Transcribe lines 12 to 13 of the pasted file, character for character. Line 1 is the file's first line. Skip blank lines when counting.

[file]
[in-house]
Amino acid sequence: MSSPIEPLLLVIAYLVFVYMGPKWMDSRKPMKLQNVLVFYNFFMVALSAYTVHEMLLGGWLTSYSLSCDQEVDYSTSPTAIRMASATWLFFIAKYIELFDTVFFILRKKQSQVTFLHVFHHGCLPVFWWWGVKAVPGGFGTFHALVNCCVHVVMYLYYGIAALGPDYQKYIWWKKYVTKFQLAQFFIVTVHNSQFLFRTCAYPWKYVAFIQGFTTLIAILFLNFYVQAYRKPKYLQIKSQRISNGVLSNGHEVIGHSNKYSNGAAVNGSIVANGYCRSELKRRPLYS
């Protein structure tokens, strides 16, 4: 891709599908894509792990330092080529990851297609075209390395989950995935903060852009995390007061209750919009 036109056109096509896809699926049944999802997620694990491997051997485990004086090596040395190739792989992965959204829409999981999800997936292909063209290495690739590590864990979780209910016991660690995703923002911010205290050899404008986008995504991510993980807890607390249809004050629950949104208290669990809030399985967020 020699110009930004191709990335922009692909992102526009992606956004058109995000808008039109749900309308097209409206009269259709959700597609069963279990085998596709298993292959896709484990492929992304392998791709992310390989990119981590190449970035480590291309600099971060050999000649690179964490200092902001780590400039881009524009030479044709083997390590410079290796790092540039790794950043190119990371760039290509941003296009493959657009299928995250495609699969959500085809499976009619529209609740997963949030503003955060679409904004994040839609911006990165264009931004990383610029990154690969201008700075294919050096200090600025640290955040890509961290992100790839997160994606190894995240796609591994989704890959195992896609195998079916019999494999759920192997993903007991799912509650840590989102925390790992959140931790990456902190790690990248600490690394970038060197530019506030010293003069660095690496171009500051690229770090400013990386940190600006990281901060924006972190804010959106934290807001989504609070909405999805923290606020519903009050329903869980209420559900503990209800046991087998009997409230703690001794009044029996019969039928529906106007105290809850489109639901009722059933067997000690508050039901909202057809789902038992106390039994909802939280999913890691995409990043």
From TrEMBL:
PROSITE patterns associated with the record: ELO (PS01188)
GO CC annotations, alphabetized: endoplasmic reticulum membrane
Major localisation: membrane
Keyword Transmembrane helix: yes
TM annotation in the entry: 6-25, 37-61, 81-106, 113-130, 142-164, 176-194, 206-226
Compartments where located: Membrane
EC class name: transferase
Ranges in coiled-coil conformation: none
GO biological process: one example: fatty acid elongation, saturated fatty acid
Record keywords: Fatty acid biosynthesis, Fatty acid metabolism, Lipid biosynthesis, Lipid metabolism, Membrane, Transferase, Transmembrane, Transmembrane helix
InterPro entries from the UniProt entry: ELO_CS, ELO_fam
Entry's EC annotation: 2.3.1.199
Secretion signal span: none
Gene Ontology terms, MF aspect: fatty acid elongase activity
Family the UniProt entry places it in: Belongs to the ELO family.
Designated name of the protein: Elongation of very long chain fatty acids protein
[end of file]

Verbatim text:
Ranges in coiled-coil conformation: none
GO biological process: one example: fatty acid elongation, saturated fatty acid